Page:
Day Trip: Riding The D&R Canal

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Once upon a time, 150 years ago or so, America needed a way to move goods from farms and factories in Pennsylvania and western New Jersey into New York City. The Delaware and Raritan rivers provided part of the way; canals dug alongside them did the rest. The Delaware & Raritan Canal has long been supplanted by trucks on highways, but the canal and the 60-some miles of paths created for the mules that towed the barges on it remain. They are lovely places for bike ride: flat, often shady and almost entirely free of motor vehicle traffic.

We’ve done the Delaware portion of the D&R several times in the past, riding in segments from Frenchtown to Lambertville. If you don’t want to haul your own bikes, or you don’t have the fat-tire bikes needed to ride the sometimes rocky canal paths, you can easily rent them in Frenchtown, which you might remember was one of George and Cathy Anderson’s picks for a day trip.

But we had never ridden the Raritan part of the canal. So in early July, just before the heat wave hit, we loaded up the bikes and headed down to New Brunswick’s Johnson Park. If you know New Brunswick only by Rutgers University landmarks, Johnson Park is just outside the south gate of RU’s fancy new football stadium on the Busch campus. (We’ve put a map to the park below, but the Delaware and Raritan Canal State Park has GPS coordinates to all of its parking lots on its home page.)

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Park your car at the back of the Johnson Park lot and start your ride by going over the grass to Landing Lane Bridge, a small span crossing the Raritan. Turn right once you get over the bridge and walk your bike over the big, crooked cobblestones that cover the first 100 feet of the path.

After that, the riding is easy. We had to stop occasionally to pull gravel out of our tires, but the 10-mile loop that we did from Landing Lane Bridge to the 5-Mile Lock and back was quiet and wide enough in many places for the three of us to ride together. There are four other locks along the Raritan section of the D&R, but only two on the Delaware section; you can get the full trail map here. The locks add to the scenery along the Raritan path, but overall, we found the Delaware to be the more scenic of the segments. If you’re a camping family, you should know that you can also camp along the Delaware section just outside Lambertville. All the details on camping are here.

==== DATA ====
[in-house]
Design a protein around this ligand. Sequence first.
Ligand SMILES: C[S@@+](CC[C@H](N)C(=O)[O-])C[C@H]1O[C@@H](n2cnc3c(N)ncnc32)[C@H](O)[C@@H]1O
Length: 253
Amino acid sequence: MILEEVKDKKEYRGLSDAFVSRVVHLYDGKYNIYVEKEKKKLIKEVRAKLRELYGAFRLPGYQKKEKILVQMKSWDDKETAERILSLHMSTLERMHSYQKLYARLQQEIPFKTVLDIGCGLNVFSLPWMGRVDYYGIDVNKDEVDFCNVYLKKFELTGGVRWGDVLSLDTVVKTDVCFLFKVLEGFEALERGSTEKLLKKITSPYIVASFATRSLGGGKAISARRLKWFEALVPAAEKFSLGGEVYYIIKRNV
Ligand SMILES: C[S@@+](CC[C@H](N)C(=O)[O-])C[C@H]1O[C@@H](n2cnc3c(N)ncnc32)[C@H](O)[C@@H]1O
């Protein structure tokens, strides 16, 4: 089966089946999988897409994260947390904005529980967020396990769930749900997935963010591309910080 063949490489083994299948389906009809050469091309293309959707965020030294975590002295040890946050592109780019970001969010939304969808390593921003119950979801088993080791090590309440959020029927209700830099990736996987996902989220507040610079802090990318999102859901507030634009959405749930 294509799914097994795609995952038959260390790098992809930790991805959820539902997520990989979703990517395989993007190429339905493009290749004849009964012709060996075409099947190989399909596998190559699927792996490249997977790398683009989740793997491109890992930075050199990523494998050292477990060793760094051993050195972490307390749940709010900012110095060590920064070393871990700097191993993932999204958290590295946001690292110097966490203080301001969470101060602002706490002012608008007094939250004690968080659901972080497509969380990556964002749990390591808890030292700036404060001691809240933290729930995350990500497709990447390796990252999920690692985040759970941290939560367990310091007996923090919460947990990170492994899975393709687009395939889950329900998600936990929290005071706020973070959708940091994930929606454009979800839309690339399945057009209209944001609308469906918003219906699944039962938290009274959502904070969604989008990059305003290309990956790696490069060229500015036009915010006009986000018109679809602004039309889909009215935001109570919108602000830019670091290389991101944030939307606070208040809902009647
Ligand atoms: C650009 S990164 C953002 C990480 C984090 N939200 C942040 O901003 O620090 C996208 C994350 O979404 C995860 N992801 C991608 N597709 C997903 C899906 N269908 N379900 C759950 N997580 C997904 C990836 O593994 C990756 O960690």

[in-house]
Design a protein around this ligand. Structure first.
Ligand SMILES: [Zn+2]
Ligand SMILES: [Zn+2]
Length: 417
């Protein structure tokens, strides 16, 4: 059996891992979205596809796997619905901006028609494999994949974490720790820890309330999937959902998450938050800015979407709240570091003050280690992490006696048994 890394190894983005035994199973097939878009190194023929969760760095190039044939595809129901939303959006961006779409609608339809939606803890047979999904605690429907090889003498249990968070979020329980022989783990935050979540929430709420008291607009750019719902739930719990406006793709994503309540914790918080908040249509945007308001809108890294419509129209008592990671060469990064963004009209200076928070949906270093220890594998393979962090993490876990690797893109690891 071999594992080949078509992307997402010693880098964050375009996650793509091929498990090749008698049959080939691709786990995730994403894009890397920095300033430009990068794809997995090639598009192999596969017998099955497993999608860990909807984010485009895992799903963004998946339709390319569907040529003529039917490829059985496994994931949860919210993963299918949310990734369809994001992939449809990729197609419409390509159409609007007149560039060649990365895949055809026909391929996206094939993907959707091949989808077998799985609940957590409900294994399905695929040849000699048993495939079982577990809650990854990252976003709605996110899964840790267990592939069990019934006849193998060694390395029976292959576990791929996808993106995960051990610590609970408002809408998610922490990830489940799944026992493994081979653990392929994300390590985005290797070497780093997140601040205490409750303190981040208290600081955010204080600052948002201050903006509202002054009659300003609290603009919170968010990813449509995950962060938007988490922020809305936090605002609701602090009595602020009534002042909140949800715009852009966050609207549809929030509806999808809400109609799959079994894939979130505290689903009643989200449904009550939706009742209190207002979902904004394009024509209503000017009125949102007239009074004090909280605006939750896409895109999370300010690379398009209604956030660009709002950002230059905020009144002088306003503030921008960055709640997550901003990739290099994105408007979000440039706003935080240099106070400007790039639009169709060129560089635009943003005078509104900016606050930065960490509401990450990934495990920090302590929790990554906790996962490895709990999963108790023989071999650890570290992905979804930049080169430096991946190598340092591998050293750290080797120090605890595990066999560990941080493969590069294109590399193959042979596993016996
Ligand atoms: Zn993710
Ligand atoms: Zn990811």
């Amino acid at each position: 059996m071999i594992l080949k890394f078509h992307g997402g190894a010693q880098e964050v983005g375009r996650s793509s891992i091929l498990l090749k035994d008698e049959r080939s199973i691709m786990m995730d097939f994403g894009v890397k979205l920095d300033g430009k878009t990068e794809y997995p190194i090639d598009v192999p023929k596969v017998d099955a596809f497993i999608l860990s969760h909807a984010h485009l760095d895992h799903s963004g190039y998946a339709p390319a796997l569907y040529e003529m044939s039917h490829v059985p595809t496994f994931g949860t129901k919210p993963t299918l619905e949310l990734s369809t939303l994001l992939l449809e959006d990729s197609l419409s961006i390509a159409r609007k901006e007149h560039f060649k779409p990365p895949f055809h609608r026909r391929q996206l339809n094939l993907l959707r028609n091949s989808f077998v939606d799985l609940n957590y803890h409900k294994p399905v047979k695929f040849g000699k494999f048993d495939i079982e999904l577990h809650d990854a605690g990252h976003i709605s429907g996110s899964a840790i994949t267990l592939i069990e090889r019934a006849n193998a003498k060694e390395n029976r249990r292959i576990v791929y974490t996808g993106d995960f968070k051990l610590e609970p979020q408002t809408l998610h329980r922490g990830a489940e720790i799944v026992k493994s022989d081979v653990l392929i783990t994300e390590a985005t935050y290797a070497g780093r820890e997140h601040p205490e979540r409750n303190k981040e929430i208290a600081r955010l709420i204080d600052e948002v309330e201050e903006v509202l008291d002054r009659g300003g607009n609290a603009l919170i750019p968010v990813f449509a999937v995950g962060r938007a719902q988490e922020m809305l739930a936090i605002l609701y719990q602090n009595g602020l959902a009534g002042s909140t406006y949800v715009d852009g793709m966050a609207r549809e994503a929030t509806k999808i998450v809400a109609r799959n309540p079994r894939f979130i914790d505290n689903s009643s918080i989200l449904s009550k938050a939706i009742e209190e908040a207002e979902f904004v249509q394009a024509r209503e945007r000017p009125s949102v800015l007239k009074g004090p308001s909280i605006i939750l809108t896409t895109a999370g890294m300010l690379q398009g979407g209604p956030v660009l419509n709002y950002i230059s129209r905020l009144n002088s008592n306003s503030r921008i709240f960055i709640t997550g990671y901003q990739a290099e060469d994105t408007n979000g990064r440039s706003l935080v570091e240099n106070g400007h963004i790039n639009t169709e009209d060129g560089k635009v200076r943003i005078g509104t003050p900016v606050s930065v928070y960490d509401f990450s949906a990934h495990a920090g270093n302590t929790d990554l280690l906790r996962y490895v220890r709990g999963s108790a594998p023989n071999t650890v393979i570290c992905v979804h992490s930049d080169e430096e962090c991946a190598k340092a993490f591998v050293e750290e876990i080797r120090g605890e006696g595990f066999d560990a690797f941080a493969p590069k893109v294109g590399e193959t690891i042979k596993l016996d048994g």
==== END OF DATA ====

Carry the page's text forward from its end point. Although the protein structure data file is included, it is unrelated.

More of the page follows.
If you have older kids, you might want to take on the full D&R challenge, riding south from Frenchtown to Trenton and then east to New Brunswick. Just last week, New Jersey opened a 1.5 mile connection through Trenton to the two segments. That makes the D&R the largest completed segment of the East Coast Greenway, an ambitious project to build a 3,000-mile hiking and biking trail from Canada to Florida. If the weather cools off a bit, our next local ride will be the Hudson River Greenway in New York City. We’ll also be hauling the bikes with us on vacation to take one or two trail segments north of here.

Photo courtesy of Michael Sean Gallagher via Flickr.

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Virginia Citrano
Virginia Citranohttps://myveronanj.com
Virginia Citrano grew up in Verona. She moved away to write and edit for The Wall Street Journal’s European edition, Institutional Investor, Crain’s New York Business and Forbes.com. Since returning to Verona, she has volunteered for school, civic and religious groups, served nine years on the Verona Environmental Commission and is now part of Sustainable Verona. She co-founded MyVeronaNJ in 2009. You can reach Virginia at [email protected]

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